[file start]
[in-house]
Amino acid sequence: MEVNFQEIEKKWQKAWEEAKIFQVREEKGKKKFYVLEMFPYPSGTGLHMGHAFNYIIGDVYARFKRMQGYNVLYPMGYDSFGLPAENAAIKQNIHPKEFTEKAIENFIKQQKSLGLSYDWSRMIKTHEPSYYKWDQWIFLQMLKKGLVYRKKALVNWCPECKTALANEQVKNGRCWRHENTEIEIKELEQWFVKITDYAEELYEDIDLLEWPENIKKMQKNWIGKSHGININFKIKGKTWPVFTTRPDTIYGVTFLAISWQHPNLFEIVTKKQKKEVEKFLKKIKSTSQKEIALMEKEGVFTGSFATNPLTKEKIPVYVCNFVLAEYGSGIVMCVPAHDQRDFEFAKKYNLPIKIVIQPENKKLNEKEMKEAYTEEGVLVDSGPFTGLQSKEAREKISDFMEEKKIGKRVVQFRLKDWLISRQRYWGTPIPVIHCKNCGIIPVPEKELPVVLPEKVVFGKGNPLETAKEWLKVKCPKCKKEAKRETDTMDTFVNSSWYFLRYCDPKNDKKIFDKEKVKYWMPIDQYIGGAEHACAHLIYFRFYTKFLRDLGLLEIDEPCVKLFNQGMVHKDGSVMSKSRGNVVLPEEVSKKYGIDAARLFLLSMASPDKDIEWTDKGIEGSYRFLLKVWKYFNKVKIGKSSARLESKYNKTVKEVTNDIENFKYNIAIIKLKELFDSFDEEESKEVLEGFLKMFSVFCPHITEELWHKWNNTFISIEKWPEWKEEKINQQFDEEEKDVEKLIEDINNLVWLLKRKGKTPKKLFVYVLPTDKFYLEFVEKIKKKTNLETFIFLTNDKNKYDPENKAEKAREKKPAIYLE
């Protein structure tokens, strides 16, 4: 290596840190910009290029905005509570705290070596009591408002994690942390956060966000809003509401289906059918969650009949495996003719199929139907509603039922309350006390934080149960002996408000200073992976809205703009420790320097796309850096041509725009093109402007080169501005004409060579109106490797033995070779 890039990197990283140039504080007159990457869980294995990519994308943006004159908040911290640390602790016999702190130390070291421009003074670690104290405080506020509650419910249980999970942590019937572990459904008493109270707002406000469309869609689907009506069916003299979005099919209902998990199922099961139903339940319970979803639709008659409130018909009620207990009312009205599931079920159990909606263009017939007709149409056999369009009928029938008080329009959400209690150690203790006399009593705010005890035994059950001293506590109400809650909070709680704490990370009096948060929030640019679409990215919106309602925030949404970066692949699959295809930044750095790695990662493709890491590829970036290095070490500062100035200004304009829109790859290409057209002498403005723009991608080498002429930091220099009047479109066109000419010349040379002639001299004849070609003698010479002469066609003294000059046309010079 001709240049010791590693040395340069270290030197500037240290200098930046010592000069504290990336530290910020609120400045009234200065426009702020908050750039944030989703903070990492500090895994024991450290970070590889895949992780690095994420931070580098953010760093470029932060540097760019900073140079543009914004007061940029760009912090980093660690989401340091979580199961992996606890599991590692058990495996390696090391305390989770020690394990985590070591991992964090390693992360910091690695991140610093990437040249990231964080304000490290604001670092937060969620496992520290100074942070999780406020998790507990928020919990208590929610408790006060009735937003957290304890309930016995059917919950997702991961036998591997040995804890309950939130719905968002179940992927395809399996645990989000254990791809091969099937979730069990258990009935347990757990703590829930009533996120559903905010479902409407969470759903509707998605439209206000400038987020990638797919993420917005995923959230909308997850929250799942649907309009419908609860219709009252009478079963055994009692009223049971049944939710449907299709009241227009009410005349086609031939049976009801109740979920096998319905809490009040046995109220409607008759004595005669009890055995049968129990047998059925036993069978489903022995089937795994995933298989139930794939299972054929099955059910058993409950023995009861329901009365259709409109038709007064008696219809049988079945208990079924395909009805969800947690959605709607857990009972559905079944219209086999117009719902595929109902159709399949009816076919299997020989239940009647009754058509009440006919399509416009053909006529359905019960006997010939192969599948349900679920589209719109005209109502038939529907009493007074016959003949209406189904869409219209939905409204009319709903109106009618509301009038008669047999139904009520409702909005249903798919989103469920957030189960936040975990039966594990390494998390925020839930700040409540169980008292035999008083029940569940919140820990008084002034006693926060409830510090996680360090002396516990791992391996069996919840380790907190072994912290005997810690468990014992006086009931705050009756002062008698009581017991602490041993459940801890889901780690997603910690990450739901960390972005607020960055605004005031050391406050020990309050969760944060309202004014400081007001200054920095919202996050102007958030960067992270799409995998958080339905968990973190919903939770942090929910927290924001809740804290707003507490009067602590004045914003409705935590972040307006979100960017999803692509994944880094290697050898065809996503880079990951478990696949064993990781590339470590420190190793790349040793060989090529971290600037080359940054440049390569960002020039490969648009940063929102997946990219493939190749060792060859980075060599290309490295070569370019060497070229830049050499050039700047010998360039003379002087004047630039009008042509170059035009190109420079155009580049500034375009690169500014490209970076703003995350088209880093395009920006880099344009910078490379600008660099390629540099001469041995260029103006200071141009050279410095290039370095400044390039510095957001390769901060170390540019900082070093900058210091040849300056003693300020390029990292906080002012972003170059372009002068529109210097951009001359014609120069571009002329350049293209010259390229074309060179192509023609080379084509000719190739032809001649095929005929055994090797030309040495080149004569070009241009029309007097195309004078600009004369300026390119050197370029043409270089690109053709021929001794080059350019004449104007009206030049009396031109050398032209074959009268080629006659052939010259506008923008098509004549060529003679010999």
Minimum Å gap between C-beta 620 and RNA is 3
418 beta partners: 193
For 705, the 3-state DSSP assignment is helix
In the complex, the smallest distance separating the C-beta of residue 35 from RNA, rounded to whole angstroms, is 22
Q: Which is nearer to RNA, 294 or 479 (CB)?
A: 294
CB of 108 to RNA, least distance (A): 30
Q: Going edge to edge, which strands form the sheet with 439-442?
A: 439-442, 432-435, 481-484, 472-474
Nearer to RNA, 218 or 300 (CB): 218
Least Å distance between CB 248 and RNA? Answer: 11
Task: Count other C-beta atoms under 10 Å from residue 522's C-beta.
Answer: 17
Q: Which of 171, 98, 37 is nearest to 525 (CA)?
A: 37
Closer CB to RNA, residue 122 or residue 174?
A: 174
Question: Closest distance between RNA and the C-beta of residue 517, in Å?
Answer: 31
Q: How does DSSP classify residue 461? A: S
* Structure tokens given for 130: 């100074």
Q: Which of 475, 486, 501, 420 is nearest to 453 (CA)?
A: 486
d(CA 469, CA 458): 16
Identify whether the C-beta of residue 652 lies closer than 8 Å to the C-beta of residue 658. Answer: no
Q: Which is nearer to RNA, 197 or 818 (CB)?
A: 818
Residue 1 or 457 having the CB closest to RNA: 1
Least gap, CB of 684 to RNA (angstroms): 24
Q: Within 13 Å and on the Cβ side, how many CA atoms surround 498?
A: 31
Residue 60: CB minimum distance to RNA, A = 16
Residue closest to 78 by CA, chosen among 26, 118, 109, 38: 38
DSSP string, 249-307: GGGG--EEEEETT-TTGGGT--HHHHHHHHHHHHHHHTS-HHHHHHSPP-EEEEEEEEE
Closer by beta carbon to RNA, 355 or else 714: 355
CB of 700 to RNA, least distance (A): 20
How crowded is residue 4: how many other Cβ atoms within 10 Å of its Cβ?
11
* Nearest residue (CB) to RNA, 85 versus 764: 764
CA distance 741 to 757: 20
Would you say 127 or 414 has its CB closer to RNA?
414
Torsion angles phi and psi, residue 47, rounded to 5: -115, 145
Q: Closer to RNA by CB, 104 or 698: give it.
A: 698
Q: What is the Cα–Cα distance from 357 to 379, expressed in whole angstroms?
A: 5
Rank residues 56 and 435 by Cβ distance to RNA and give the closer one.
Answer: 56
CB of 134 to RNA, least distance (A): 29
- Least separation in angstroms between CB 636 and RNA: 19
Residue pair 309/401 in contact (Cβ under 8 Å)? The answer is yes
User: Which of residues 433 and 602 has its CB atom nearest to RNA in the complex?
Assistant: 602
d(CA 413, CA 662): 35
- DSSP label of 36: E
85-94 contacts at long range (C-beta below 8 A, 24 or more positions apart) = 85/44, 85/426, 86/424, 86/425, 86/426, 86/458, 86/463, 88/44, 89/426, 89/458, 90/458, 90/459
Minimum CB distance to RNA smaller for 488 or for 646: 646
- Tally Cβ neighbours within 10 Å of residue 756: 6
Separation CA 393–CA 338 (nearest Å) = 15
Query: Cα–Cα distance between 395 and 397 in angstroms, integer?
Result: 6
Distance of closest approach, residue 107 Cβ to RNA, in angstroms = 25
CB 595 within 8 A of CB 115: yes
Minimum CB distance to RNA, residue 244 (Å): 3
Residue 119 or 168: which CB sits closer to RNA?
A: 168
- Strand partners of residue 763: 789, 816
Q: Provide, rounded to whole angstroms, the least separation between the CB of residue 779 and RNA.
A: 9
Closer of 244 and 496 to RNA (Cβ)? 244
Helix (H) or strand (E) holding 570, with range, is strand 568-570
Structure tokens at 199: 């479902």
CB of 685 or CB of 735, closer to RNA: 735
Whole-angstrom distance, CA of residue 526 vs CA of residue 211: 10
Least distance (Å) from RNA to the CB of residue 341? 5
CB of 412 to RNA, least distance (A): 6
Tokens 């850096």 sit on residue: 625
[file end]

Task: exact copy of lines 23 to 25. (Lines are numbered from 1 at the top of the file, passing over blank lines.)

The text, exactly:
Q: How does DSSP classify residue 461? A: S
* Structure tokens given for 130: 């100074």
Q: Which of 475, 486, 501, 420 is nearest to 453 (CA)?